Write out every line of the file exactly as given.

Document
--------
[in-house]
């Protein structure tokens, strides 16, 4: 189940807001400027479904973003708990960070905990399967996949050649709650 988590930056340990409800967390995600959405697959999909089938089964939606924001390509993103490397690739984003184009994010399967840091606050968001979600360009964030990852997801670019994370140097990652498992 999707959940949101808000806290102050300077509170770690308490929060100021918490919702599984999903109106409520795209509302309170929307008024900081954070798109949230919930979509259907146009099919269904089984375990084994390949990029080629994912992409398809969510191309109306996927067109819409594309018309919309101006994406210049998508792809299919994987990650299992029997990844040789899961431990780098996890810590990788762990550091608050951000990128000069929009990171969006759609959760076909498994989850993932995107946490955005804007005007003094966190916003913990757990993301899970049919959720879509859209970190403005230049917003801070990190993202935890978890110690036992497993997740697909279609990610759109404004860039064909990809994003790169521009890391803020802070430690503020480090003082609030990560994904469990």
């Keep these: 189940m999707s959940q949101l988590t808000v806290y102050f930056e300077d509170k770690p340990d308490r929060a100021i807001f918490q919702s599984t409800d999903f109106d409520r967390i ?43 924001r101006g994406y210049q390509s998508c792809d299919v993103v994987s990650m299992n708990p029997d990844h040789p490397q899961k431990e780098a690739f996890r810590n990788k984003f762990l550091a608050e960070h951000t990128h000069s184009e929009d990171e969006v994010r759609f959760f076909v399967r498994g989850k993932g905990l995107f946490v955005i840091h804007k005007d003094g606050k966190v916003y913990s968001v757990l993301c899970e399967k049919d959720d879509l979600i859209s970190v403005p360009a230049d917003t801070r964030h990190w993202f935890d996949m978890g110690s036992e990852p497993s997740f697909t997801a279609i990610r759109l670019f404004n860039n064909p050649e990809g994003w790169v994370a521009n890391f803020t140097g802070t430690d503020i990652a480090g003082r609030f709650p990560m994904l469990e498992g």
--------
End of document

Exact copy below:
[in-house]
């Protein structure tokens, strides 16, 4: 189940807001400027479904973003708990960070905990399967996949050649709650 988590930056340990409800967390995600959405697959999909089938089964939606924001390509993103490397690739984003184009994010399967840091606050968001979600360009964030990852997801670019994370140097990652498992 999707959940949101808000806290102050300077509170770690308490929060100021918490919702599984999903109106409520795209509302309170929307008024900081954070798109949230919930979509259907146009099919269904089984375990084994390949990029080629994912992409398809969510191309109306996927067109819409594309018309919309101006994406210049998508792809299919994987990650299992029997990844040789899961431990780098996890810590990788762990550091608050951000990128000069929009990171969006759609959760076909498994989850993932995107946490955005804007005007003094966190916003913990757990993301899970049919959720879509859209970190403005230049917003801070990190993202935890978890110690036992497993997740697909279609990610759109404004860039064909990809994003790169521009890391803020802070430690503020480090003082609030990560994904469990």
């Keep these: 189940m999707s959940q949101l988590t808000v806290y102050f930056e300077d509170k770690p340990d308490r929060a100021i807001f918490q919702s599984t409800d999903f109106d409520r967390i ?43 924001r101006g994406y210049q390509s998508c792809d299919v993103v994987s990650m299992n708990p029997d990844h040789p490397q899961k431990e780098a690739f996890r810590n990788k984003f762990l550091a608050e960070h951000t990128h000069s184009e929009d990171e969006v994010r759609f959760f076909v399967r498994g989850k993932g905990l995107f946490v955005i840091h804007k005007d003094g606050k966190v916003y913990s968001v757990l993301c899970e399967k049919d959720d879509l979600i859209s970190v403005p360009a230049d917003t801070r964030h990190w993202f935890d996949m978890g110690s036992e990852p497993s997740f697909t997801a279609i990610r759109l670019f404004n860039n064909p050649e990809g994003w790169v994370a521009n890391f803020t140097g802070t430690d503020i990652a480090g003082r609030f709650p990560m994904l469990e498992g």